Monday, 16 February 2009

Pentti & Deathgirl! a quick review!

been extremely busy, and dashing abroad a little bit etc etc but having just read this book I had to take a minute to mention it: Pentti & Deathgirl, a brilliant book comprising of two graphic stories written and drawn by the excellent Emma Rendel. Emma's been publishing stuff for ages - self-publishing zines and slimline books, contributing short graphic stories to Le Gun magazine etc - until Jonathan Cape recognised a great opportunity, and Pentti & Deathgirl is the result (she's actually also about to publish another book in Sweden).
I was slightly worried about reading it because as a friend and fan I knew my expectations would be high and was afraid I might not like it, or even 'not like it that much' - but as it turned out I enjoyed it so much I keep picking it up to have another look all the time...

Pentti is a story about this brutal Finnish farmer who lives with his brother and can only act on his desire to be physically close to other men by picking fights with them at the local bar and beating them up. Deathgirl is an outsider at school who records her violent thoughts and hopes and day-to-day activities in her diary.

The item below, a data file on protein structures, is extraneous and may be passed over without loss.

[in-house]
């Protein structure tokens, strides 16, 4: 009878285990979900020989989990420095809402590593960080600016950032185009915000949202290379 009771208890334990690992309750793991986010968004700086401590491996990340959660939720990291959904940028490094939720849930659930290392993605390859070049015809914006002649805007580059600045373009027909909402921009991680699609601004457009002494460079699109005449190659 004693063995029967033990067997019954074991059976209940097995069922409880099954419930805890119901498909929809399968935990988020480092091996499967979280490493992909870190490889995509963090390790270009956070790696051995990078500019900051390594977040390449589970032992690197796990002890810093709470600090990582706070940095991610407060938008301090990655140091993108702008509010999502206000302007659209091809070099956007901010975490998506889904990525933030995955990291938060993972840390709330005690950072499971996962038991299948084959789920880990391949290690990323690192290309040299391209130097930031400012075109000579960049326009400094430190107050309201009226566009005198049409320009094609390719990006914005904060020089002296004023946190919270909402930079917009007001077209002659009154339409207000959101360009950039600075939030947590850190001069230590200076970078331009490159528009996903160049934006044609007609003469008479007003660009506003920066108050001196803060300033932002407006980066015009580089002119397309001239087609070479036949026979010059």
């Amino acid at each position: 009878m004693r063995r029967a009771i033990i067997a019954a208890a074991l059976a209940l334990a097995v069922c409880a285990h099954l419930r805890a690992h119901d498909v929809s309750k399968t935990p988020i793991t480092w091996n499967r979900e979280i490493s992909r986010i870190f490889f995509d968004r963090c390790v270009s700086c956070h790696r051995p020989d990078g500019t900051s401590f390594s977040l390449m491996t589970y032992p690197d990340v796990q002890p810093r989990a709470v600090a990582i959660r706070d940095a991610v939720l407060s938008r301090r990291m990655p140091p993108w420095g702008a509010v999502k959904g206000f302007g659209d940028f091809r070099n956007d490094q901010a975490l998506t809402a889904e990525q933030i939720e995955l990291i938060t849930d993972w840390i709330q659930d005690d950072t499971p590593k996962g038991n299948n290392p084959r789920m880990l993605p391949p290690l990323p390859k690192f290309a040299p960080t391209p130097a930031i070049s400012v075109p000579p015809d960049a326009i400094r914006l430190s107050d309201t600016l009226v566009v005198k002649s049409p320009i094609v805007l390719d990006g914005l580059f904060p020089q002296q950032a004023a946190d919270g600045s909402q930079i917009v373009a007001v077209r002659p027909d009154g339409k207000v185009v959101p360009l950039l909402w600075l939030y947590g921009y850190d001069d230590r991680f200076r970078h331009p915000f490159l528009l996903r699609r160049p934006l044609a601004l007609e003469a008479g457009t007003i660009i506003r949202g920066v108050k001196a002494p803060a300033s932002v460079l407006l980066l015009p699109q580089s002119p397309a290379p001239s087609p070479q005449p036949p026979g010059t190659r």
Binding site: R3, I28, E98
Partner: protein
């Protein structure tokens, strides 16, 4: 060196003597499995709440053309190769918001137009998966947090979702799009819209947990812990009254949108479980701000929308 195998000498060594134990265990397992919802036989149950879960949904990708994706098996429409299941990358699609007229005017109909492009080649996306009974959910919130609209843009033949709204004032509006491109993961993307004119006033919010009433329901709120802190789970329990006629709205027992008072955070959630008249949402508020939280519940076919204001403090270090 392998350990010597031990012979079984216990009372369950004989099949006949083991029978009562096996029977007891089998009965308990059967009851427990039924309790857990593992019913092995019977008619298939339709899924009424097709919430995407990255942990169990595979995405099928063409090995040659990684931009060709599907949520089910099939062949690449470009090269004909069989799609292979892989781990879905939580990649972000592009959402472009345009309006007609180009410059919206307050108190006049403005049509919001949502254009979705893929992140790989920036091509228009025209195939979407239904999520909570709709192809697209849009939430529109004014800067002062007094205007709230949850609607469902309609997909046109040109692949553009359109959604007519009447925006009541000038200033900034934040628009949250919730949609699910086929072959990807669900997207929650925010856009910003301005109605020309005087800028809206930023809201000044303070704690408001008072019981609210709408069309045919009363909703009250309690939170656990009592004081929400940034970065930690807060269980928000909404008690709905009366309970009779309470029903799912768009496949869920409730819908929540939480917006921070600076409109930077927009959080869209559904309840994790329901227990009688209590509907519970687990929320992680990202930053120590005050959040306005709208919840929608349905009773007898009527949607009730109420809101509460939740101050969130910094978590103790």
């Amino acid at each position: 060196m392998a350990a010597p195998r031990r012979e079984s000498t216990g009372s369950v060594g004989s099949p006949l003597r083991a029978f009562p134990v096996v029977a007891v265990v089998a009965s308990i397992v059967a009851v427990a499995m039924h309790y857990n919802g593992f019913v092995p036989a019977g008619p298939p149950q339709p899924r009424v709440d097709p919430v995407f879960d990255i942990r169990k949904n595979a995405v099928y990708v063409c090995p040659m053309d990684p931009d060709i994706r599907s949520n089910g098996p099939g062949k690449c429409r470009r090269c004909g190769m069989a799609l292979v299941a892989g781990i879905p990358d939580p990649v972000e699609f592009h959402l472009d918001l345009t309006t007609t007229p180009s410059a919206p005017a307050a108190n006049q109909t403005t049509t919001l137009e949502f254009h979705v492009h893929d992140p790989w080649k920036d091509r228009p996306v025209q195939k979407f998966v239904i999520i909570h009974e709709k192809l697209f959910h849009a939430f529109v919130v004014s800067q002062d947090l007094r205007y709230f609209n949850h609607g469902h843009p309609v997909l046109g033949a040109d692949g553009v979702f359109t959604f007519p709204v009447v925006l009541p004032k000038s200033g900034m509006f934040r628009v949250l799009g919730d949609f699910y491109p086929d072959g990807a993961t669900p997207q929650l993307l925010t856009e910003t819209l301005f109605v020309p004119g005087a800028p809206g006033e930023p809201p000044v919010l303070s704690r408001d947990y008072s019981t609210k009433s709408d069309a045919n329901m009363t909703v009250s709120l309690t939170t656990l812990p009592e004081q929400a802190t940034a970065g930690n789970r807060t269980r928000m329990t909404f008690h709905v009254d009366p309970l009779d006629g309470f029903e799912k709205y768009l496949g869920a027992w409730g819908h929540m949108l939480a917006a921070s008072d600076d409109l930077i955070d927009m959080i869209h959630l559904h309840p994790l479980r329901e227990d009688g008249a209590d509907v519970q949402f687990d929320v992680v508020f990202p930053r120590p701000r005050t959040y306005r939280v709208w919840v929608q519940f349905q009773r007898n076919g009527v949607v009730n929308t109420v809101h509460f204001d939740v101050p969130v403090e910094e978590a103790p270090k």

With her particular sense for satire, Emma combines the naïve and seemingly innocent with despair and ultraviolence, and the result actually makes a strong comment on the issues at hand but delivers it in such a subtle and funny way it seems hard to argue. 
The artwork is beautiful and the visual storytelling brilliant, especially in Pentti, and I really love the use of colour, and the unpredictability of the narrative. And of course Emma's deadpan sense of humor is very present throughout (both in the pictures and the words) and had me laughing out loud again and again.
I can kind of see why people might be divided over this book, simply because it doesn't immediately fit into an obvious niche. It's not a pretty looking 'alternative' comic about being bored in the suburbs, the style probably doesn't adhere to the five generic styles (Marvel etc/BDs/Burns/Hergé/even the 'wilder' L'Association) people seem to expect from a graphic novel, and the feel-good factor isn't immediately apparent with both stories dealing with such awkward subjects and characters. But I think that if you're looking for engaging graphic stories skillfully told that will make you laugh and think and want to revisit their strange little world, this book is a wise investment.